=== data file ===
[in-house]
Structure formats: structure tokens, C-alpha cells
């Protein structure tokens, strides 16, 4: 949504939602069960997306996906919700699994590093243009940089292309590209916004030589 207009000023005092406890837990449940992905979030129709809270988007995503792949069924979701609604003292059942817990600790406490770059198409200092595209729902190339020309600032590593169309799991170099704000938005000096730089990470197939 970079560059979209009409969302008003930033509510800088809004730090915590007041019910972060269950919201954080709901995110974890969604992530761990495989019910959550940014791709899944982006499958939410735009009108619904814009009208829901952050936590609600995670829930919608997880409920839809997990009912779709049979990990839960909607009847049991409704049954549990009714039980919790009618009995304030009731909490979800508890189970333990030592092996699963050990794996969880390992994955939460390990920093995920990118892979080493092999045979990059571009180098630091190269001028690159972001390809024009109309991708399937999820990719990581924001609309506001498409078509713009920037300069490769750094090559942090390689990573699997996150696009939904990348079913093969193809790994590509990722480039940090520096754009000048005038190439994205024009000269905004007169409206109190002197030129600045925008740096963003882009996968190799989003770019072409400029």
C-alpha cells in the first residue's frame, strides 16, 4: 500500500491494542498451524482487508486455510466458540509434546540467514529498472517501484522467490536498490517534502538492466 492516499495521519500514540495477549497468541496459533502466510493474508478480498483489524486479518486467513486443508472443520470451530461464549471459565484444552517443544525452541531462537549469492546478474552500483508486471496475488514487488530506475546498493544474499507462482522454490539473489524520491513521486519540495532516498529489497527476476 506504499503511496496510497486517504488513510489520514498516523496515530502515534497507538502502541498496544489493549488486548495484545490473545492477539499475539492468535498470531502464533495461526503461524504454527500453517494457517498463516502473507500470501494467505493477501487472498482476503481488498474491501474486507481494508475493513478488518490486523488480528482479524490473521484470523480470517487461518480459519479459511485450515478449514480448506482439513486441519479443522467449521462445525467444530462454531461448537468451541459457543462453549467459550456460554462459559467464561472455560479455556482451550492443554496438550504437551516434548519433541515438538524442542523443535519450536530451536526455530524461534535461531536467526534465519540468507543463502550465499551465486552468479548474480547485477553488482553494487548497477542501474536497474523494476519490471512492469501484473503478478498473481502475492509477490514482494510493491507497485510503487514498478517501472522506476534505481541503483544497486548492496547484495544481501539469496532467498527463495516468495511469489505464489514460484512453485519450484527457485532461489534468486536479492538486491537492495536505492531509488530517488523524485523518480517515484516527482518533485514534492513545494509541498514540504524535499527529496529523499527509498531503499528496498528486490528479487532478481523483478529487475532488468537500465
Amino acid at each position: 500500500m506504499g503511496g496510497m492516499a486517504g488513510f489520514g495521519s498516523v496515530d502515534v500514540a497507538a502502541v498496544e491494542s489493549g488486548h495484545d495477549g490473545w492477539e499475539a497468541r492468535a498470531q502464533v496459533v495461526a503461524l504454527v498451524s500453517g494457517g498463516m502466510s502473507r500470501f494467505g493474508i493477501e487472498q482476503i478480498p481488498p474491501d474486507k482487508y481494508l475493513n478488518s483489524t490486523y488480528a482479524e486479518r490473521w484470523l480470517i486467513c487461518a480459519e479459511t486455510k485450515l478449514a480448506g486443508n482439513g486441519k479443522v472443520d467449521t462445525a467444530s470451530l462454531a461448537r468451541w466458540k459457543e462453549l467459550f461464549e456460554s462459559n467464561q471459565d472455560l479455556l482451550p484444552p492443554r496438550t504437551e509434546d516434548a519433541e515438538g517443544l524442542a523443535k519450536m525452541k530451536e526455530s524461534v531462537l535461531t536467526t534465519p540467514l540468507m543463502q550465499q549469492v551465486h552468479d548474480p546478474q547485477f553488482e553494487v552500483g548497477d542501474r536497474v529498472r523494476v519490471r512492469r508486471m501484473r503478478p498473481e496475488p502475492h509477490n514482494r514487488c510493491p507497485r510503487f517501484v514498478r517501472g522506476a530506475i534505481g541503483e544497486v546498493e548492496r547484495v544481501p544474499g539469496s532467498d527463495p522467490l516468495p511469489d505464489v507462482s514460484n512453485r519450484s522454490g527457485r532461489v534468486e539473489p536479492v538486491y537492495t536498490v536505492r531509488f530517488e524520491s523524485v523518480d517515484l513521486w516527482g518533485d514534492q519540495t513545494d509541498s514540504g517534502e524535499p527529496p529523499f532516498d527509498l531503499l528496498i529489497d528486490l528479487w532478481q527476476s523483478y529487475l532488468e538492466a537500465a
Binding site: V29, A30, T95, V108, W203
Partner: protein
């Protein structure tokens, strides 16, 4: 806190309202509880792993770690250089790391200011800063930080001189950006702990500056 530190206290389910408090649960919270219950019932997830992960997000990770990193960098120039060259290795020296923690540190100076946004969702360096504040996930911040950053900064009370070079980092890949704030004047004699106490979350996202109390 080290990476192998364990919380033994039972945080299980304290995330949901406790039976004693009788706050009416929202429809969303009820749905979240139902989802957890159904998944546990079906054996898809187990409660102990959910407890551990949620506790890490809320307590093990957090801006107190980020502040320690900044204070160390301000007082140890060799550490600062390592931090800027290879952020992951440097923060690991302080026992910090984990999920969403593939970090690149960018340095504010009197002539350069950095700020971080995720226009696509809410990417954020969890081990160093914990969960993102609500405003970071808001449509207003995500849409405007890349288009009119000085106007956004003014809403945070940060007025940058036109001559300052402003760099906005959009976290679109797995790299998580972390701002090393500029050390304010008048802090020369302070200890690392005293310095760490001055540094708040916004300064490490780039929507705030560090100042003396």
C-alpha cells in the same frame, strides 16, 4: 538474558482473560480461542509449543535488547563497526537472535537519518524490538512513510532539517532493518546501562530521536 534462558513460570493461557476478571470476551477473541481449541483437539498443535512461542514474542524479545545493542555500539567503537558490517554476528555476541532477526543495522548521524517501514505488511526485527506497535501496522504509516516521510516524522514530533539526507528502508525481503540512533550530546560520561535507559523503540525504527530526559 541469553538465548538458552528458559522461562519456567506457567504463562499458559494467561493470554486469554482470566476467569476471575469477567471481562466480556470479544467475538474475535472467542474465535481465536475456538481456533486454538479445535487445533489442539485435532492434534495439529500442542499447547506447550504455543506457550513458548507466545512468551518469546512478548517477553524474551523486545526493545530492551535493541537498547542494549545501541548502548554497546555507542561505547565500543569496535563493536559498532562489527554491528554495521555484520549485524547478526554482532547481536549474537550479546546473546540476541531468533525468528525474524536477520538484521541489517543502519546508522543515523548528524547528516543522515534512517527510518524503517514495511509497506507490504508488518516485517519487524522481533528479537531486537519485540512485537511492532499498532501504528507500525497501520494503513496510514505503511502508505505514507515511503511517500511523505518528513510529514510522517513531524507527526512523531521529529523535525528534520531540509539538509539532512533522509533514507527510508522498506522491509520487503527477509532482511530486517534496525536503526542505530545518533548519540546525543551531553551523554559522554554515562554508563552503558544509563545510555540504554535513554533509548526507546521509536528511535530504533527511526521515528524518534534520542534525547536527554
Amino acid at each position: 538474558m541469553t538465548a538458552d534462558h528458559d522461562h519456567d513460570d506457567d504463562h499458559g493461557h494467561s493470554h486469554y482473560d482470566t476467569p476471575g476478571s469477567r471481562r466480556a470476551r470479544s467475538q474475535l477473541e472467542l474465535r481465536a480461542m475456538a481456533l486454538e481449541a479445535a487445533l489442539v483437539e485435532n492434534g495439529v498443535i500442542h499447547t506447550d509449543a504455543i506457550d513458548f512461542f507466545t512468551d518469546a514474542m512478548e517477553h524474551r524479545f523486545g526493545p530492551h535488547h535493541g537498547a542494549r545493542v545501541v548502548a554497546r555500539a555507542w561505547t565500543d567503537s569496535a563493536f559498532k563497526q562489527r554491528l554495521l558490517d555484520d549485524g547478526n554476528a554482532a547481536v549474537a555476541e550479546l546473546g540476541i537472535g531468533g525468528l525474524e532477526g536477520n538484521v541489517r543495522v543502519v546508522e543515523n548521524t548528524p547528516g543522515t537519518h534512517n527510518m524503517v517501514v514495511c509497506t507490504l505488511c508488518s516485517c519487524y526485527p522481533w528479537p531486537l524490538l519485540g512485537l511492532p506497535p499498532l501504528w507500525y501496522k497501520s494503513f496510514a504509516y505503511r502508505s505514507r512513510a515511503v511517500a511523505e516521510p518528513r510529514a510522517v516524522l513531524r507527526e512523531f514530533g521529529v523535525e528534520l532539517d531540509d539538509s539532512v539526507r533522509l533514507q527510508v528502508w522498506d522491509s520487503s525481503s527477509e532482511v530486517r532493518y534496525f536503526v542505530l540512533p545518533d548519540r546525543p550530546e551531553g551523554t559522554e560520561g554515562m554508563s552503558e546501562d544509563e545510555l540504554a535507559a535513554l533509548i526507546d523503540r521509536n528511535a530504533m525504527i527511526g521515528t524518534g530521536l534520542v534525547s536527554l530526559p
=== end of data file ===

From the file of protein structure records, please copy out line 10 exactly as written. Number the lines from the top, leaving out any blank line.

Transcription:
Amino acid at each position: 538474558m541469553t538465548a538458552d534462558h528458559d522461562h519456567d513460570d506457567d504463562h499458559g493461557h494467561s493470554h486469554y482473560d482470566t476467569p476471575g476478571s469477567r471481562r466480556a470476551r470479544s467475538q474475535l477473541e472467542l474465535r481465536a480461542m475456538a481456533l486454538e481449541a479445535a487445533l489442539v483437539e485435532n492434534g495439529v498443535i500442542h499447547t506447550d509449543a504455543i506457550d513458548f512461542f507466545t512468551d518469546a514474542m512478548e517477553h524474551r524479545f523486545g526493545p530492551h535488547h535493541g537498547a542494549r545493542v545501541v548502548a554497546r555500539a555507542w561505547t565500543d567503537s569496535a563493536f559498532k563497526q562489527r554491528l554495521l558490517d555484520d549485524g547478526n554476528a554482532a547481536v549474537a555476541e550479546l546473546g540476541i537472535g531468533g525468528l525474524e532477526g536477520n538484521v541489517r543495522v543502519v546508522e543515523n548521524t548528524p547528516g543522515t537519518h534512517n527510518m524503517v517501514v514495511c509497506t507490504l505488511c508488518s516485517c519487524y526485527p522481533w528479537p531486537l524490538l519485540g512485537l511492532p506497535p499498532l501504528w507500525y501496522k497501520s494503513f496510514a504509516y505503511r502508505s505514507r512513510a515511503v511517500a511523505e516521510p518528513r510529514a510522517v516524522l513531524r507527526e512523531f514530533g521529529v523535525e528534520l532539517d531540509d539538509s539532512v539526507r533522509l533514507q527510508v528502508w522498506d522491509s520487503s525481503s527477509e532482511v530486517r532493518y534496525f536503526v542505530l540512533p545518533d548519540r546525543p550530546e551531553g551523554t559522554e560520561g554515562m554508563s552503558e546501562d544509563e545510555l540504554a535507559a535513554l533509548i526507546d523503540r521509536n528511535a530504533m525504527i527511526g521515528t524518534g530521536l534520542v534525547s536527554l530526559p